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Safe Winter Driving Tips

11/12/2012
  1. Tires. Tires are the most important safety aspect of your car as all of the controls and electronic systems control the tire. This is true all year long, but is even more important in the winter when you have the potential of greatly reduced traction. Snow tires are the optimal choice if you live where you get snow and ice each winter. Many all season tires can perform well in moderate snow or ice, but are not as good as snow tires.
  2. Tire pressure. No matter what tire you are driving on, in the winter make sure the tires are properly inflated. Low tire pressure can cause the tire to lose traction prematurely and cause you to lose control of the vehicle. On average, for every 10 degrees of change in ambient temperature, your tires will change one PSI. So that all-season tire at 30 PSI on an 80˚ day has 26 PSI during a 40˚ winter day. In that case, it’s potentially underinflated, which means you run the risk of pulling the tire off of the rim in an emergency lane change situation. Make sure your tires have the manufacturer’s recommended tire pressure and check the pressure at least once a month.
  3. Tread Depth. Worn tires do not grip as well as new tires in inclement weather (snow, ice, sand, mud, etc.). Check the tread depth of your tires (or have a qualified tire technician) in the fall and determine if they are good enough to last through the winter. If not, replace them.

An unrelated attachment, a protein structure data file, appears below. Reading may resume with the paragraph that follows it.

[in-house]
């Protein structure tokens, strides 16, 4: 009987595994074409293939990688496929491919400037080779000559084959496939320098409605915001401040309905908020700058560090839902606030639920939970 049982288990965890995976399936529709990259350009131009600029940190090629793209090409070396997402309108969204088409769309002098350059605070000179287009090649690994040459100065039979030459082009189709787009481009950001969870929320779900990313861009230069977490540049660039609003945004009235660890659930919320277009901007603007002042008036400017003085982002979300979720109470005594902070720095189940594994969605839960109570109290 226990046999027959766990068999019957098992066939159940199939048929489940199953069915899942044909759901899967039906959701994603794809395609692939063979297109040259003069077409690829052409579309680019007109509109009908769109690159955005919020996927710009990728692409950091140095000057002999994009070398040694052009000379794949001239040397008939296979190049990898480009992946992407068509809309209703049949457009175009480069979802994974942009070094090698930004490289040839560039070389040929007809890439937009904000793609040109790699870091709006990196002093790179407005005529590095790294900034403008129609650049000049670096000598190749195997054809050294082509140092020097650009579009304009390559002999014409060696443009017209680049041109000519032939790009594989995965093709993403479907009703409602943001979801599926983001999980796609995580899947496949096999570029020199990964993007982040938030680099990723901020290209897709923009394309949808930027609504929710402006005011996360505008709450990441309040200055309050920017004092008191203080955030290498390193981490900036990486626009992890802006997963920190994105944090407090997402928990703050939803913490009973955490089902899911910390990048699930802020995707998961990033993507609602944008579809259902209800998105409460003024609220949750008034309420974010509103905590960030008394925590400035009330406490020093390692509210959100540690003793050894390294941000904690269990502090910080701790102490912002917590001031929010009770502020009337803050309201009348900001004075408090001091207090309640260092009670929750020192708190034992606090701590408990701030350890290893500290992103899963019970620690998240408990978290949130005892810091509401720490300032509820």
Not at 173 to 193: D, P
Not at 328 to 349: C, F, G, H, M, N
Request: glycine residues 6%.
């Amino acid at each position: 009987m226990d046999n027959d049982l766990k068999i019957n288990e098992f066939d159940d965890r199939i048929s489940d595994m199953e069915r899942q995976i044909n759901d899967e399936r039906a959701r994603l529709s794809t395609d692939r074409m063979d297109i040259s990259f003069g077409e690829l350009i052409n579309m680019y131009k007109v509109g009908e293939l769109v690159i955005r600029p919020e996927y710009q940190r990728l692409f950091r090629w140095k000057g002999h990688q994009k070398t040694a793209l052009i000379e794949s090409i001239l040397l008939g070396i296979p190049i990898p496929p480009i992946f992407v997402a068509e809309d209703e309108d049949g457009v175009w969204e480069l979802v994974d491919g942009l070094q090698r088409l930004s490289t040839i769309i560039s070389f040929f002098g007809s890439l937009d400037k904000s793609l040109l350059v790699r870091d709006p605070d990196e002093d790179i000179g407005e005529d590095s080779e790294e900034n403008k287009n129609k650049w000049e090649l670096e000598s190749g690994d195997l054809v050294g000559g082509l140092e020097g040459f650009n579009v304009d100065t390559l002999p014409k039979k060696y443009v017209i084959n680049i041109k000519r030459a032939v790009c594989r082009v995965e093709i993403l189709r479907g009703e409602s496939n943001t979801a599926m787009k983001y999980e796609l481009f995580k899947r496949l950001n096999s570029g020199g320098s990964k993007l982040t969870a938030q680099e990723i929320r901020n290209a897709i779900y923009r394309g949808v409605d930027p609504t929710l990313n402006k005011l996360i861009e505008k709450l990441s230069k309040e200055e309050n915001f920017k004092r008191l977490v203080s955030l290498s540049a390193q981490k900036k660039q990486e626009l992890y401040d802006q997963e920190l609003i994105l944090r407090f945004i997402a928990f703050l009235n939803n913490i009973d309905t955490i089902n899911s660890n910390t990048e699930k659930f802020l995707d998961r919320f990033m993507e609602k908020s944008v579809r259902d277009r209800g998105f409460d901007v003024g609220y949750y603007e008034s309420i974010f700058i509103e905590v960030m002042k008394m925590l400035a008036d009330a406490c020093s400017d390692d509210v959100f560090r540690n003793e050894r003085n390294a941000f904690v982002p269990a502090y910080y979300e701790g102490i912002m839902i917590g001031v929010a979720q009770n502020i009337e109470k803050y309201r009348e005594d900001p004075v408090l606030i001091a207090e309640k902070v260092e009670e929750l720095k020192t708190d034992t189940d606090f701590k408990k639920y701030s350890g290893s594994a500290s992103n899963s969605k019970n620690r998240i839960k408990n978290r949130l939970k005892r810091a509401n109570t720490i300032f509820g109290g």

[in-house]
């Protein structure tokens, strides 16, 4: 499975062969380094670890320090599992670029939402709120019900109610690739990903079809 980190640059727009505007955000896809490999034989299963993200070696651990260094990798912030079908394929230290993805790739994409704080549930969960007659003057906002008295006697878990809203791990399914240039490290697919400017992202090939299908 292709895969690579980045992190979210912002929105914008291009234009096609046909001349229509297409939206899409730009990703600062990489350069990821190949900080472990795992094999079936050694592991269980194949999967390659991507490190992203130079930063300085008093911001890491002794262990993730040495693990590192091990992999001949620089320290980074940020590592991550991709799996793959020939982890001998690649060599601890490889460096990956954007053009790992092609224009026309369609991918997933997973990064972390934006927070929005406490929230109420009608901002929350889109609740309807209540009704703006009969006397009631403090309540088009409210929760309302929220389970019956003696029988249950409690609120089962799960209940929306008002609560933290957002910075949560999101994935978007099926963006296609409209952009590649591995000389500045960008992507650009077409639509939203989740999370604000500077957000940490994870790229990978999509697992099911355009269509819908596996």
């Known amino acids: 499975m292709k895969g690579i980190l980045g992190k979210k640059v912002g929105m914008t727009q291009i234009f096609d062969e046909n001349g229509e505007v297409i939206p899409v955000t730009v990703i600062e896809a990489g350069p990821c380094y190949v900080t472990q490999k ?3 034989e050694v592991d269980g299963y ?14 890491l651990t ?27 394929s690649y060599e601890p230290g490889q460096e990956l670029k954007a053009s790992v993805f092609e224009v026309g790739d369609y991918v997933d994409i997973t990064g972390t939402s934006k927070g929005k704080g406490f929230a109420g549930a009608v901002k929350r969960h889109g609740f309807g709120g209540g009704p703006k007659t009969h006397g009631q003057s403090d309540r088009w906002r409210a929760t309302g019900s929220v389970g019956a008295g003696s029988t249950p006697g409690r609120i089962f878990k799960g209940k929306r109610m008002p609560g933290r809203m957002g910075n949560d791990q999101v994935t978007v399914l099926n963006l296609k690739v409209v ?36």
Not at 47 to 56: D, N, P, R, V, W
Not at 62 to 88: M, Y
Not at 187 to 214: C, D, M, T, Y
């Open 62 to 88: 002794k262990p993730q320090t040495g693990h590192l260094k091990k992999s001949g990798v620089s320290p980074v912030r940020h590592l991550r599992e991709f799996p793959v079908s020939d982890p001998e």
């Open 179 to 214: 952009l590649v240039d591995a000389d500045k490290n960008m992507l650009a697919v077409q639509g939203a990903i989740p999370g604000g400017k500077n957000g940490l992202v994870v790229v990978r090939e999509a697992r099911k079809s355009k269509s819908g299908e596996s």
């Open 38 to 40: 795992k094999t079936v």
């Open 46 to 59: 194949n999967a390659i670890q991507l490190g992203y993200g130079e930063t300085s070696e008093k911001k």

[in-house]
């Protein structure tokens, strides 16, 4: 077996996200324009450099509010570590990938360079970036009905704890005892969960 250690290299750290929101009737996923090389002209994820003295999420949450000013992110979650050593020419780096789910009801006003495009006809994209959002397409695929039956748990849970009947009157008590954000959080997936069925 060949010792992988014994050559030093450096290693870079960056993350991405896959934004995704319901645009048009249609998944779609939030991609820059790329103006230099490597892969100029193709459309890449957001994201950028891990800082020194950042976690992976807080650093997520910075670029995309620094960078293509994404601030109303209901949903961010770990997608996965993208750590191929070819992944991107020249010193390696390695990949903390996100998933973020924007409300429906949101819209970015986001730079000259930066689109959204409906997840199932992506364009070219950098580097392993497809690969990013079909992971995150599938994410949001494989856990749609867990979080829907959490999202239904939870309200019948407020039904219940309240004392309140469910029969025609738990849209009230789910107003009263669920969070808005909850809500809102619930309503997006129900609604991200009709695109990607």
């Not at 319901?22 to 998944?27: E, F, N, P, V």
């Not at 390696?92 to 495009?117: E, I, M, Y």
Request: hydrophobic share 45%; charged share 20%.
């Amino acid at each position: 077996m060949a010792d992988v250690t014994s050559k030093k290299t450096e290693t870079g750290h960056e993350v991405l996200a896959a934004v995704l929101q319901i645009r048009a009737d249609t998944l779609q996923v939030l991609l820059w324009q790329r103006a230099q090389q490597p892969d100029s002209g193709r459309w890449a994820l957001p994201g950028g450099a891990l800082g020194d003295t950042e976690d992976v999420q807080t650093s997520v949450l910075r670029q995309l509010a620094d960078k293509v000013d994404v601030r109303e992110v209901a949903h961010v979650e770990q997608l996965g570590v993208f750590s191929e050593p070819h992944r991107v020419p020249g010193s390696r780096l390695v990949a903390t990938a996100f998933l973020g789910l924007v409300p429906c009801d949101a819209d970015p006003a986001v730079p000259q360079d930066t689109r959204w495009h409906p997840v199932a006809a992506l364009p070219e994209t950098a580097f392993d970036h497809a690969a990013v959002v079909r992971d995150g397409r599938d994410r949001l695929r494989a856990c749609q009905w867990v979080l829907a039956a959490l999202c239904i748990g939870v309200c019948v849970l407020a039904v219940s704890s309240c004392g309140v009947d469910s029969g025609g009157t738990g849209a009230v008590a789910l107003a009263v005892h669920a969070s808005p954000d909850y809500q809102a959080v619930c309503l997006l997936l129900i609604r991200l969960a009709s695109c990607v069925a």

4. Emergency supplies. Like in the Boy Scouts, “be prepared”. If you are traveling long distances away from home have extra supplies. Make sure you carry an emergency kit, blankets, flashlight (w/new batteries) and candles (for heat and light). Make sure to check the spare tire for inflation and wear or cracking. Carry a couple of flares as well.
  5. Slow down. Most accidents occurred in the winter are caused by driving too fast for the conditions. In snow and icy conditions you have less grip. You need to adjust your speed accordingly. The vehicle will need more distance to slow down and to speed up. Give yourself more distance to the car in front of you, so that you have time and real estate to react.
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